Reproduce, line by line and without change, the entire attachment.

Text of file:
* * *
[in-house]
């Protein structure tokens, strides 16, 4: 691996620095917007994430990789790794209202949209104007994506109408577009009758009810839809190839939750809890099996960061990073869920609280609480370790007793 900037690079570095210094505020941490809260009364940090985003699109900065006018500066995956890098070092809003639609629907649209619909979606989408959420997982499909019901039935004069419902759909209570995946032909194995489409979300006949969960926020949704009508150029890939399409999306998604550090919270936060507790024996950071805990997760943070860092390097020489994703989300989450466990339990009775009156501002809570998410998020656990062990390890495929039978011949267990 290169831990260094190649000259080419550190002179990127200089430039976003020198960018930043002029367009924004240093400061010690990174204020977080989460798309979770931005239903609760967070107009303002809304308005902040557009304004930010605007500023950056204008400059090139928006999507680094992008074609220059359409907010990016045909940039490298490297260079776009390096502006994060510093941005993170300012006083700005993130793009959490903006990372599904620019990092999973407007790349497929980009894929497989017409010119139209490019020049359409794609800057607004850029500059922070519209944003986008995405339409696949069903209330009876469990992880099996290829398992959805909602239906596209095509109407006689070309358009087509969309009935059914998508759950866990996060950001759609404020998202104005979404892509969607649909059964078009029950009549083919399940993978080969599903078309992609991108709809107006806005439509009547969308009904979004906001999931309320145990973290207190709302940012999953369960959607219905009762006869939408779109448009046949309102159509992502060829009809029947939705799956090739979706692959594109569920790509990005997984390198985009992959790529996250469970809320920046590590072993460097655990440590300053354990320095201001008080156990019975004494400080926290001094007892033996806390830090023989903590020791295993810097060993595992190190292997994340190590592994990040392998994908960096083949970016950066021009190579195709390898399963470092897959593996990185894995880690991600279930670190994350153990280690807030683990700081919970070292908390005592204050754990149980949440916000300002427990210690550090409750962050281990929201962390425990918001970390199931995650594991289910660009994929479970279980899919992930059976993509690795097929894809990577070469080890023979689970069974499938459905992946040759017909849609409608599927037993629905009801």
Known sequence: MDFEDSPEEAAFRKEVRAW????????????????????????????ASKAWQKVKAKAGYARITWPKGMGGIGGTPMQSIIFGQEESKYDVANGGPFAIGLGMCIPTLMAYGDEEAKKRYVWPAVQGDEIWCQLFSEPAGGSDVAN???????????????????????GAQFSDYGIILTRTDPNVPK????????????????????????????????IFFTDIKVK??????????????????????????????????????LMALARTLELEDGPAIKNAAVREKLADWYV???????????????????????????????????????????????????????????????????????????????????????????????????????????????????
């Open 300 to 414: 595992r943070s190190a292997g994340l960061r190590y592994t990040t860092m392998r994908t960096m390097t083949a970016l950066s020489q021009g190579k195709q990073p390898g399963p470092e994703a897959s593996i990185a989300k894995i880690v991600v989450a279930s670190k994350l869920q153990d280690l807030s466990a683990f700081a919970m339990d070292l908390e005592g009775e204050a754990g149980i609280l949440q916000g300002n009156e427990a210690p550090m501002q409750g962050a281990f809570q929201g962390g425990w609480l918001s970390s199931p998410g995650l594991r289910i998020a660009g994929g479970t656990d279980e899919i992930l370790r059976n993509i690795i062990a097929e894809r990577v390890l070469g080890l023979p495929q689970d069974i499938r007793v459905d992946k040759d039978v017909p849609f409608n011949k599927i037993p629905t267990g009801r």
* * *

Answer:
[in-house]
């Protein structure tokens, strides 16, 4: 691996620095917007994430990789790794209202949209104007994506109408577009009758009810839809190839939750809890099996960061990073869920609280609480370790007793 900037690079570095210094505020941490809260009364940090985003699109900065006018500066995956890098070092809003639609629907649209619909979606989408959420997982499909019901039935004069419902759909209570995946032909194995489409979300006949969960926020949704009508150029890939399409999306998604550090919270936060507790024996950071805990997760943070860092390097020489994703989300989450466990339990009775009156501002809570998410998020656990062990390890495929039978011949267990 290169831990260094190649000259080419550190002179990127200089430039976003020198960018930043002029367009924004240093400061010690990174204020977080989460798309979770931005239903609760967070107009303002809304308005902040557009304004930010605007500023950056204008400059090139928006999507680094992008074609220059359409907010990016045909940039490298490297260079776009390096502006994060510093941005993170300012006083700005993130793009959490903006990372599904620019990092999973407007790349497929980009894929497989017409010119139209490019020049359409794609800057607004850029500059922070519209944003986008995405339409696949069903209330009876469990992880099996290829398992959805909602239906596209095509109407006689070309358009087509969309009935059914998508759950866990996060950001759609404020998202104005979404892509969607649909059964078009029950009549083919399940993978080969599903078309992609991108709809107006806005439509009547969308009904979004906001999931309320145990973290207190709302940012999953369960959607219905009762006869939408779109448009046949309102159509992502060829009809029947939705799956090739979706692959594109569920790509990005997984390198985009992959790529996250469970809320920046590590072993460097655990440590300053354990320095201001008080156990019975004494400080926290001094007892033996806390830090023989903590020791295993810097060993595992190190292997994340190590592994990040392998994908960096083949970016950066021009190579195709390898399963470092897959593996990185894995880690991600279930670190994350153990280690807030683990700081919970070292908390005592204050754990149980949440916000300002427990210690550090409750962050281990929201962390425990918001970390199931995650594991289910660009994929479970279980899919992930059976993509690795097929894809990577070469080890023979689970069974499938459905992946040759017909849609409608599927037993629905009801």
Known sequence: MDFEDSPEEAAFRKEVRAW????????????????????????????ASKAWQKVKAKAGYARITWPKGMGGIGGTPMQSIIFGQEESKYDVANGGPFAIGLGMCIPTLMAYGDEEAKKRYVWPAVQGDEIWCQLFSEPAGGSDVAN???????????????????????GAQFSDYGIILTRTDPNVPK????????????????????????????????IFFTDIKVK??????????????????????????????????????LMALARTLELEDGPAIKNAAVREKLADWYV???????????????????????????????????????????????????????????????????????????????????????????????????????????????????
């Open 300 to 414: 595992r943070s190190a292997g994340l960061r190590y592994t990040t860092m392998r994908t960096m390097t083949a970016l950066s020489q021009g190579k195709q990073p390898g399963p470092e994703a897959s593996i990185a989300k894995i880690v991600v989450a279930s670190k994350l869920q153990d280690l807030s466990a683990f700081a919970m339990d070292l908390e005592g009775e204050a754990g149980i609280l949440q916000g300002n009156e427990a210690p550090m501002q409750g962050a281990f809570q929201g962390g425990w609480l918001s970390s199931p998410g995650l594991r289910i998020a660009g994929g479970t656990d279980e899919i992930l370790r059976n993509i690795i062990a097929e894809r990577v390890l070469g080890l023979p495929q689970d069974i499938r007793v459905d992946k040759d039978v017909p849609f409608n011949k599927i037993p629905t267990g009801r």